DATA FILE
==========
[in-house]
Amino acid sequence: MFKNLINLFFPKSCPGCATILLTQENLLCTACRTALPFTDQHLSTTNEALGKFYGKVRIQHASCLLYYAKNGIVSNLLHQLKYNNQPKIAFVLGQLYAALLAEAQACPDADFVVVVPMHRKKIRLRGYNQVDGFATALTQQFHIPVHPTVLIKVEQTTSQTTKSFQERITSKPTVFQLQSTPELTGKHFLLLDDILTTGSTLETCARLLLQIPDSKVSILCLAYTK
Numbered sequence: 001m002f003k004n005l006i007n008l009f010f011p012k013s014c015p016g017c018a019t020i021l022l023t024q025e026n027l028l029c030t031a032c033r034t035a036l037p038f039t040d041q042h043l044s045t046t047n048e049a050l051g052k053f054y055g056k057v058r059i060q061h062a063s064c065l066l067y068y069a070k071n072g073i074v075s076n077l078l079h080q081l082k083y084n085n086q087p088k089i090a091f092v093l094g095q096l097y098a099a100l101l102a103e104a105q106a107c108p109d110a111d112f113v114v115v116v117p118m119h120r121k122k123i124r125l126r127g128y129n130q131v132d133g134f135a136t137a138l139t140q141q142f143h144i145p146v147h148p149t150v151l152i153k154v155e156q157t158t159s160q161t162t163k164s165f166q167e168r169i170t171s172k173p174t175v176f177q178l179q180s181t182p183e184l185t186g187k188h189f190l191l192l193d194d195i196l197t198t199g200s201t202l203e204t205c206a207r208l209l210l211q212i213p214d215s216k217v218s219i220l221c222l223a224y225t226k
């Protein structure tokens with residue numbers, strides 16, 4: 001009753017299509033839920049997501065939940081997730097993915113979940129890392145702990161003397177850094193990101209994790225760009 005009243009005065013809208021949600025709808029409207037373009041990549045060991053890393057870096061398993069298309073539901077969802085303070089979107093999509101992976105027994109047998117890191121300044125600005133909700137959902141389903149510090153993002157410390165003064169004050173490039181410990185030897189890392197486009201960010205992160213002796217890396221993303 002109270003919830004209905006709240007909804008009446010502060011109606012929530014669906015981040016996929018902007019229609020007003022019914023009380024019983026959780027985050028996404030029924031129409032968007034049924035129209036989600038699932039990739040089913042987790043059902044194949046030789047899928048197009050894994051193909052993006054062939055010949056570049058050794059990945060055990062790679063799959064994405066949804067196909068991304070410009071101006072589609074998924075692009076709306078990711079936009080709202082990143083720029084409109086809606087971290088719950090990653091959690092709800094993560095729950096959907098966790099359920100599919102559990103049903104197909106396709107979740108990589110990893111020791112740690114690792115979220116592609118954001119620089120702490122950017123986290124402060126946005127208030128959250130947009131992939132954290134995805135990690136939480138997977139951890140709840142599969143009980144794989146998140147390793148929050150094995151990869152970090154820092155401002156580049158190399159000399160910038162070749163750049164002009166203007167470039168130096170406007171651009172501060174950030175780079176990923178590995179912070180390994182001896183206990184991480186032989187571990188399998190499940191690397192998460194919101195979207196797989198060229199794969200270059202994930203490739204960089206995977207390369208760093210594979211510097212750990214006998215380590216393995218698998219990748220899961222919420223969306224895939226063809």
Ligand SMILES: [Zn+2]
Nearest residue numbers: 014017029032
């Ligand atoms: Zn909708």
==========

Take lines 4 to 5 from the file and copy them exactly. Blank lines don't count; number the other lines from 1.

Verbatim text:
């Protein structure tokens with residue numbers, strides 16, 4: 001009753017299509033839920049997501065939940081997730097993915113979940129890392145702990161003397177850094193990101209994790225760009 005009243009005065013809208021949600025709808029409207037373009041990549045060991053890393057870096061398993069298309073539901077969802085303070089979107093999509101992976105027994109047998117890191121300044125600005133909700137959902141389903149510090153993002157410390165003064169004050173490039181410990185030897189890392197486009201960010205992160213002796217890396221993303 002109270003919830004209905006709240007909804008009446010502060011109606012929530014669906015981040016996929018902007019229609020007003022019914023009380024019983026959780027985050028996404030029924031129409032968007034049924035129209036989600038699932039990739040089913042987790043059902044194949046030789047899928048197009050894994051193909052993006054062939055010949056570049058050794059990945060055990062790679063799959064994405066949804067196909068991304070410009071101006072589609074998924075692009076709306078990711079936009080709202082990143083720029084409109086809606087971290088719950090990653091959690092709800094993560095729950096959907098966790099359920100599919102559990103049903104197909106396709107979740108990589110990893111020791112740690114690792115979220116592609118954001119620089120702490122950017123986290124402060126946005127208030128959250130947009131992939132954290134995805135990690136939480138997977139951890140709840142599969143009980144794989146998140147390793148929050150094995151990869152970090154820092155401002156580049158190399159000399160910038162070749163750049164002009166203007167470039168130096170406007171651009172501060174950030175780079176990923178590995179912070180390994182001896183206990184991480186032989187571990188399998190499940191690397192998460194919101195979207196797989198060229199794969200270059202994930203490739204960089206995977207390369208760093210594979211510097212750990214006998215380590216393995218698998219990748220899961222919420223969306224895939226063809």
Ligand SMILES: [Zn+2]